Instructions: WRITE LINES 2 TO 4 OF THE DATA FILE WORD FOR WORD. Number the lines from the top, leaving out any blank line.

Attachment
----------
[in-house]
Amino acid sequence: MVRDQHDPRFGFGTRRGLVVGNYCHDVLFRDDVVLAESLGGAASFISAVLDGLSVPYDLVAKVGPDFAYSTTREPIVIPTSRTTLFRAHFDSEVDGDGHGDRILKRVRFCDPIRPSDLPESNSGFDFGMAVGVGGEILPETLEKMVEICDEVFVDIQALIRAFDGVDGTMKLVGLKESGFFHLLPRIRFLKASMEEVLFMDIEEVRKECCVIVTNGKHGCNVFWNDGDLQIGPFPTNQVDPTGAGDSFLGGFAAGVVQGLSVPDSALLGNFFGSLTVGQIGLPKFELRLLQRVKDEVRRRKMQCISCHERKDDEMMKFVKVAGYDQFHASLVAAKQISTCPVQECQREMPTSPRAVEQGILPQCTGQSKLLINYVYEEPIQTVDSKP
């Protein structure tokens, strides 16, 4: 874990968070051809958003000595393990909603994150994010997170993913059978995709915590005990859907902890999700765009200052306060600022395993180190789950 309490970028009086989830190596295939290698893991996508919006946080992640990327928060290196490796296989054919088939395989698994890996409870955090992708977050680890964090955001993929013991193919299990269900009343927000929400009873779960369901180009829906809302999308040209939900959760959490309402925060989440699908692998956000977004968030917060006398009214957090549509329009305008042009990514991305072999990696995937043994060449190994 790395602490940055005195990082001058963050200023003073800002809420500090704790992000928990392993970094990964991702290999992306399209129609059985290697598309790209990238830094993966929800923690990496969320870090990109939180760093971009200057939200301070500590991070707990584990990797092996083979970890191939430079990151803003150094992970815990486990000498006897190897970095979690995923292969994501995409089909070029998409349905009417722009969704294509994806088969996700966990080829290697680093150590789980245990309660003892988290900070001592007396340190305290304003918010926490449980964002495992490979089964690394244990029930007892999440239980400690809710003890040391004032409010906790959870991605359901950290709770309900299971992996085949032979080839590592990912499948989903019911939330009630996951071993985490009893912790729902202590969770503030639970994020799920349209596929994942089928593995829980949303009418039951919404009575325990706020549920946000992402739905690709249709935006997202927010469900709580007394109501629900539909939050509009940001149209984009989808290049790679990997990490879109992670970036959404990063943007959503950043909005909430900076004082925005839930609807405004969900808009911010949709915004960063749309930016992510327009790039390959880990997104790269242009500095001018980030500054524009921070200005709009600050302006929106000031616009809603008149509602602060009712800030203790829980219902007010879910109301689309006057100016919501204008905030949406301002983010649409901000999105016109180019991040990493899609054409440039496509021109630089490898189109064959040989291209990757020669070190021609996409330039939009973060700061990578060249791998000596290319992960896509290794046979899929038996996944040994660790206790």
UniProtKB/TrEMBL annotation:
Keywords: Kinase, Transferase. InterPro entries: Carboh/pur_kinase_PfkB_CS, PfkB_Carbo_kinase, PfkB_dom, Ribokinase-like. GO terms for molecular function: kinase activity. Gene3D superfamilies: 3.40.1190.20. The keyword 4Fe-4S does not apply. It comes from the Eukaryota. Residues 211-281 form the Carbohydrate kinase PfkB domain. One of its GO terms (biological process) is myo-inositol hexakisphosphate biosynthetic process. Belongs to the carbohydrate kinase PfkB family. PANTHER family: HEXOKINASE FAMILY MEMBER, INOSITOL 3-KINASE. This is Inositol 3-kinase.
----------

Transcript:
Amino acid sequence: MVRDQHDPRFGFGTRRGLVVGNYCHDVLFRDDVVLAESLGGAASFISAVLDGLSVPYDLVAKVGPDFAYSTTREPIVIPTSRTTLFRAHFDSEVDGDGHGDRILKRVRFCDPIRPSDLPESNSGFDFGMAVGVGGEILPETLEKMVEICDEVFVDIQALIRAFDGVDGTMKLVGLKESGFFHLLPRIRFLKASMEEVLFMDIEEVRKECCVIVTNGKHGCNVFWNDGDLQIGPFPTNQVDPTGAGDSFLGGFAAGVVQGLSVPDSALLGNFFGSLTVGQIGLPKFELRLLQRVKDEVRRRKMQCISCHERKDDEMMKFVKVAGYDQFHASLVAAKQISTCPVQECQREMPTSPRAVEQGILPQCTGQSKLLINYVYEEPIQTVDSKP
């Protein structure tokens, strides 16, 4: 874990968070051809958003000595393990909603994150994010997170993913059978995709915590005990859907902890999700765009200052306060600022395993180190789950 309490970028009086989830190596295939290698893991996508919006946080992640990327928060290196490796296989054919088939395989698994890996409870955090992708977050680890964090955001993929013991193919299990269900009343927000929400009873779960369901180009829906809302999308040209939900959760959490309402925060989440699908692998956000977004968030917060006398009214957090549509329009305008042009990514991305072999990696995937043994060449190994 790395602490940055005195990082001058963050200023003073800002809420500090704790992000928990392993970094990964991702290999992306399209129609059985290697598309790209990238830094993966929800923690990496969320870090990109939180760093971009200057939200301070500590991070707990584990990797092996083979970890191939430079990151803003150094992970815990486990000498006897190897970095979690995923292969994501995409089909070029998409349905009417722009969704294509994806088969996700966990080829290697680093150590789980245990309660003892988290900070001592007396340190305290304003918010926490449980964002495992490979089964690394244990029930007892999440239980400690809710003890040391004032409010906790959870991605359901950290709770309900299971992996085949032979080839590592990912499948989903019911939330009630996951071993985490009893912790729902202590969770503030639970994020799920349209596929994942089928593995829980949303009418039951919404009575325990706020549920946000992402739905690709249709935006997202927010469900709580007394109501629900539909939050509009940001149209984009989808290049790679990997990490879109992670970036959404990063943007959503950043909005909430900076004082925005839930609807405004969900808009911010949709915004960063749309930016992510327009790039390959880990997104790269242009500095001018980030500054524009921070200005709009600050302006929106000031616009809603008149509602602060009712800030203790829980219902007010879910109301689309006057100016919501204008905030949406301002983010649409901000999105016109180019991040990493899609054409440039496509021109630089490898189109064959040989291209990757020669070190021609996409330039939009973060700061990578060249791998000596290319992960896509290794046979899929038996996944040994660790206790």
UniProtKB/TrEMBL annotation: